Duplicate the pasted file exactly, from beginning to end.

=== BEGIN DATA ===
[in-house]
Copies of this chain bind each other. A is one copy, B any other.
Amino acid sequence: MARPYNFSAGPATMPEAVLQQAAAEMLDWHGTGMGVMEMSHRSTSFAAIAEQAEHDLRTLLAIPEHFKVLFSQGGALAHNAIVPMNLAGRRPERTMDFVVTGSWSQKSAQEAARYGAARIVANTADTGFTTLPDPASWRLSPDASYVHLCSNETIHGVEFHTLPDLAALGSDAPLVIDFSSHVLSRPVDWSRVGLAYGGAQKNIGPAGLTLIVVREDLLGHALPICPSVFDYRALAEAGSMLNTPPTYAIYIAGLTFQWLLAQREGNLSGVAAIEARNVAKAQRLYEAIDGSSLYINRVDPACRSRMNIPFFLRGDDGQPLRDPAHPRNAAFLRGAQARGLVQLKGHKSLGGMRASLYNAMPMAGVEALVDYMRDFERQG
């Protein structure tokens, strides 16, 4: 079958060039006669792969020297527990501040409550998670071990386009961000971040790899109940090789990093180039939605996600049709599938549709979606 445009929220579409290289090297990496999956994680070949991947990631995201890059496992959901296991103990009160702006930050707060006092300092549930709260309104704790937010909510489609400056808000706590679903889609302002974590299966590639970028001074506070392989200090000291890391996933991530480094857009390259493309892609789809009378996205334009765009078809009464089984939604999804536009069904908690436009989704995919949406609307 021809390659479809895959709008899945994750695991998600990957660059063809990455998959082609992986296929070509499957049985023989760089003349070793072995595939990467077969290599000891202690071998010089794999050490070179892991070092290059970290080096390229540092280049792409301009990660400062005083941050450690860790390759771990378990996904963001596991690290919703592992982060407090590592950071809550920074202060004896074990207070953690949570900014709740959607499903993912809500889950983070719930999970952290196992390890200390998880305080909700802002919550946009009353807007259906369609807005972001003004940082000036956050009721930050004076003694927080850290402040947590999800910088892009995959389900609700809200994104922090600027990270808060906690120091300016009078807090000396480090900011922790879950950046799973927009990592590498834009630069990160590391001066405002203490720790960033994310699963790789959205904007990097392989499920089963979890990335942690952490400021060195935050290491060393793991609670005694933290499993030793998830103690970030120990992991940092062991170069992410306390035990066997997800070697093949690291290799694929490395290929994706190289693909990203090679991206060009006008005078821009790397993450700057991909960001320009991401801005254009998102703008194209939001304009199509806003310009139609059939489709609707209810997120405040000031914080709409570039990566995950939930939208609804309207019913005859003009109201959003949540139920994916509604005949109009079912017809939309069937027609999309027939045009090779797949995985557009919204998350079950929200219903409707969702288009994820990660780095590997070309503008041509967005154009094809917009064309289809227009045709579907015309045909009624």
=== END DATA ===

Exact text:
[in-house]
Copies of this chain bind each other. A is one copy, B any other.
Amino acid sequence: MARPYNFSAGPATMPEAVLQQAAAEMLDWHGTGMGVMEMSHRSTSFAAIAEQAEHDLRTLLAIPEHFKVLFSQGGALAHNAIVPMNLAGRRPERTMDFVVTGSWSQKSAQEAARYGAARIVANTADTGFTTLPDPASWRLSPDASYVHLCSNETIHGVEFHTLPDLAALGSDAPLVIDFSSHVLSRPVDWSRVGLAYGGAQKNIGPAGLTLIVVREDLLGHALPICPSVFDYRALAEAGSMLNTPPTYAIYIAGLTFQWLLAQREGNLSGVAAIEARNVAKAQRLYEAIDGSSLYINRVDPACRSRMNIPFFLRGDDGQPLRDPAHPRNAAFLRGAQARGLVQLKGHKSLGGMRASLYNAMPMAGVEALVDYMRDFERQG
């Protein structure tokens, strides 16, 4: 079958060039006669792969020297527990501040409550998670071990386009961000971040790899109940090789990093180039939605996600049709599938549709979606 445009929220579409290289090297990496999956994680070949991947990631995201890059496992959901296991103990009160702006930050707060006092300092549930709260309104704790937010909510489609400056808000706590679903889609302002974590299966590639970028001074506070392989200090000291890391996933991530480094857009390259493309892609789809009378996205334009765009078809009464089984939604999804536009069904908690436009989704995919949406609307 021809390659479809895959709008899945994750695991998600990957660059063809990455998959082609992986296929070509499957049985023989760089003349070793072995595939990467077969290599000891202690071998010089794999050490070179892991070092290059970290080096390229540092280049792409301009990660400062005083941050450690860790390759771990378990996904963001596991690290919703592992982060407090590592950071809550920074202060004896074990207070953690949570900014709740959607499903993912809500889950983070719930999970952290196992390890200390998880305080909700802002919550946009009353807007259906369609807005972001003004940082000036956050009721930050004076003694927080850290402040947590999800910088892009995959389900609700809200994104922090600027990270808060906690120091300016009078807090000396480090900011922790879950950046799973927009990592590498834009630069990160590391001066405002203490720790960033994310699963790789959205904007990097392989499920089963979890990335942690952490400021060195935050290491060393793991609670005694933290499993030793998830103690970030120990992991940092062991170069992410306390035990066997997800070697093949690291290799694929490395290929994706190289693909990203090679991206060009006008005078821009790397993450700057991909960001320009991401801005254009998102703008194209939001304009199509806003310009139609059939489709609707209810997120405040000031914080709409570039990566995950939930939208609804309207019913005859003009109201959003949540139920994916509604005949109009079912017809939309069937027609999309027939045009090779797949995985557009919204998350079950929200219903409707969702288009994820990660780095590997070309503008041509967005154009094809917009064309289809227009045709579907015309045909009624």